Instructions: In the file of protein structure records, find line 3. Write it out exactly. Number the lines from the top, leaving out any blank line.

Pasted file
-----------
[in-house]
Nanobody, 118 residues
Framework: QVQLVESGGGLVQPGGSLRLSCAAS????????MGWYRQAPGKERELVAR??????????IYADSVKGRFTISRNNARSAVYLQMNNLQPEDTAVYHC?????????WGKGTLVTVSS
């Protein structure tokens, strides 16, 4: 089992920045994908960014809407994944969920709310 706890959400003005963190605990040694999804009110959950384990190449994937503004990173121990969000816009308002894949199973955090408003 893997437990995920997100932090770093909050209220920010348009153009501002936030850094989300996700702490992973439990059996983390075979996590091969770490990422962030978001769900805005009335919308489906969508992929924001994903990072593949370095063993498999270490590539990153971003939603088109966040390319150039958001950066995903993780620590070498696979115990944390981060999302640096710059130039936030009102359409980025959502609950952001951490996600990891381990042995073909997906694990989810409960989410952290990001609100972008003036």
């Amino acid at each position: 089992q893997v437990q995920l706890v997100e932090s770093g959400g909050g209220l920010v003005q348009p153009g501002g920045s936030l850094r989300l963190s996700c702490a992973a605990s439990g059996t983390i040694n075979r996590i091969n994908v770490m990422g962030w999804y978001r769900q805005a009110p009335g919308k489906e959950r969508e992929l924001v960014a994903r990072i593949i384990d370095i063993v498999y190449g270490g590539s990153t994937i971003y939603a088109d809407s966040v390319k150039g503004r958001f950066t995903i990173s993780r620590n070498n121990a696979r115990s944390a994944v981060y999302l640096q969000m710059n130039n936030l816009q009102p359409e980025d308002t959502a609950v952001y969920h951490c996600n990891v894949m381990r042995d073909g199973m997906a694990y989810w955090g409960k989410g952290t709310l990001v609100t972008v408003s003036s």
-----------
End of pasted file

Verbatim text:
Framework: QVQLVESGGGLVQPGGSLRLSCAAS????????MGWYRQAPGKERELVAR??????????IYADSVKGRFTISRNNARSAVYLQMNNLQPEDTAVYHC?????????WGKGTLVTVSS